Growing up on a 3000acre property at Inverell in Northern NSW, Rachael Murray would often go missing. Her parents need not have worried though. She would always be found soon after, curled up in the kennels with the working dogs or playing with the poddy lambs out in the sunshine.
Now 31, not a great deal has changed. When Rachael isn’t travelling around the state riding winners, she’s usually at home at Somersby on the Central Coast with her dog Jet and two off the track Thoroughbreds, Mr Pumblechook and Medal Of Glory.
“I was staying at Jane’s (Clement, trainer) house and we decided to go for a trail ride over the river,” Rachael said. “I was riding Medal Of Glory in a race the next day and despite being in full work he was an angel. We wound our way through gullies and splashed in the water. It was so much fun. My love for him went to the next level that day and I knew I wanted to adopt him once he had retired.”
By the time Medal Of Glory ran his last race in 2017, he had seven wins and 19 places to his name. Rachael was aboard for one of those wins (The 2016 Warialda Cup) and five of the places. She began retraining him as a showjumper and was impressed by his willingness and consistent effort.
“He’s such a kind horse and always tries his heart out,” Rachael said. “He leaps about two feet above every jump and clears them easily. Sometimes his jump is so big he can throw me right out of the saddle!”
Rachael added former Greg Bennett then Cody Morgan-trained gelding, Mr Pumblechook, to her stable in September last year, having earlier won two races on him.
“From the moment I laid eyes on him I loved him with all my heart,” Rachael said. “He has so much zest for life and loved being a racehorse. I kept in contact with owner Neil Werrett and asked if I could keep him when he retired. Cody would tease me and say his mum wanted Chookie but thankfully he came home with me in the end. He is little for a Thoroughbred, just 15.1hh, but he’s a natural jumper.
“I’ve done a lot of groundwork with both horses so they are respectful and desensitised. You want to feel safe and in control when riding them. They aren’t a responsibility or chore though. They are my family and I love them dearly.”
Despite already being an accomplished rider, Rachael gets dressage and showjumping tuition from Gosford trainer, John Cooper. John has dedicated his life to equestrian sports and even coached Olympians but became a racehorse trainer in 2017 after suffering a serious injury in a jumping accident.
“John and his wife Pip are such good, genuine horse people,” Rachael said. “They are full of knowledge and have made themselves a beautiful home at Central Mangrove. It’s a true credit to how hard they have worked. I would recommend anyone with an off the track Thoroughbred invest in lessons.”
Rachael has taken Medal Of Glory out to several competitions and on some occasions had to dash off early to ride at the races. She’s hoping to take Mr Pumblechook on his first outing soon.
“It’s a balancing act, that’s for sure,” Rachael said. “I would love to have them both at a level where I can take them out to showjumping days and be competitive. Getting involved in the Off The Track series would be a dream.”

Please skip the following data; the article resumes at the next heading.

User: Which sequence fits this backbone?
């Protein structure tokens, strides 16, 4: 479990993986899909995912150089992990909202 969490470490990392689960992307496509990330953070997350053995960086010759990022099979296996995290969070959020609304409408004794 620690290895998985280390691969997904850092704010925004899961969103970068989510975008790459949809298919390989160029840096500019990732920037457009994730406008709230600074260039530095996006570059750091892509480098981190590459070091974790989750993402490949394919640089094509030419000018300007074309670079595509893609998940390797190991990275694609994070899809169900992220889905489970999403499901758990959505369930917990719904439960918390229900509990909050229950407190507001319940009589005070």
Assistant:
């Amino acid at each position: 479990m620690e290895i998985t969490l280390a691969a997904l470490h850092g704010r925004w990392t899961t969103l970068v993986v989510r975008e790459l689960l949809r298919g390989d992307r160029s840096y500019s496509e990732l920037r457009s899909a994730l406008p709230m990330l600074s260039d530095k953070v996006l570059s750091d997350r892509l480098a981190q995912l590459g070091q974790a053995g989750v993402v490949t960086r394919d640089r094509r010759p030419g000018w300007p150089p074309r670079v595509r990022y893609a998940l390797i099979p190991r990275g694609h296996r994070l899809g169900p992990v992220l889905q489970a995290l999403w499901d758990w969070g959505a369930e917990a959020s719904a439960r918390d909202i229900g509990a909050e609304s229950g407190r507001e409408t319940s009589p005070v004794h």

Rachael isn’t the only professional rider to be taking retired racehorses and giving them a second career off the track. Alena Skerritt has Group 3 winner Mighty Lucky, Jess Taylor adopted Tsunami Alert after scoring a win and two places with him, Kathy O’Hara retrained Zaratone after winning a Group 3 and several Listed races on him, young former jockey Chloe Wilkes is retraining Our Sarastro and inaugural Kosciuszko runner Fuel and Courtney Van Der Werf is making 1.15m look easy on Mediterranean.
“Most people are in the industry because they are passionate about horses,” Rachael said. “You wouldn’t get up in the dark and freezing cold every day if you didn’t love it. Often you see strappers, stablehands, trackwork riders, jockeys and trainers looking worn out but the horses are thriving.”
While Rachael has always loved horses and spent most of her youth at Inverell Pony Club, she wasn’t always going to be a jockey. The stars aligned in 2008 when she was studying Agricultural Science at the University of New England.
Rachael roomed with a teaching student named Tracy O’Hara, a talented jockey who chalked up almost 300 wins herself and the sister of leading Sydney jockey Kathy O’Hara. Rachael mentioned she needed a job and the O’Haras suggested she become an apprentice jockey. Agreeing it would be an enjoyable way to earn a living, Rachael approached Armidale trainer Frank Tanner and was soon indentured to him. Once she graduated from university, she moved to Scone where she was apprenticed to Greg Bennett. Later she moved to Sydney where she finished her apprenticeship with then Warwick Farm trainer Michael Costa. Rachael credits him with teaching her to believe in herself and encouraged her to keep aiming high.
In 2017 Rachael wrote herself into the history books as the first female jockey to ride 100 winners in a season, smashing the previous record of 87 set by Linda Meech a decade before. In June Rachael celebrated her 500th winner as a jockey. While she has no plans to slow down anytime soon when she does she would love to become a Thoroughbred re-trainer and prepare retired racehorses for their next pursuit off the track.
“I look forward to the day when I can have a slower-paced life with limited travelling,” she said. “It would be a dream to have a little property away from all the hustle and bustle where I could give retired racehorses the best opportunity for a successful and rewarding life after racing.”
This story was first published in the August edition of Racing NSW Magazine.
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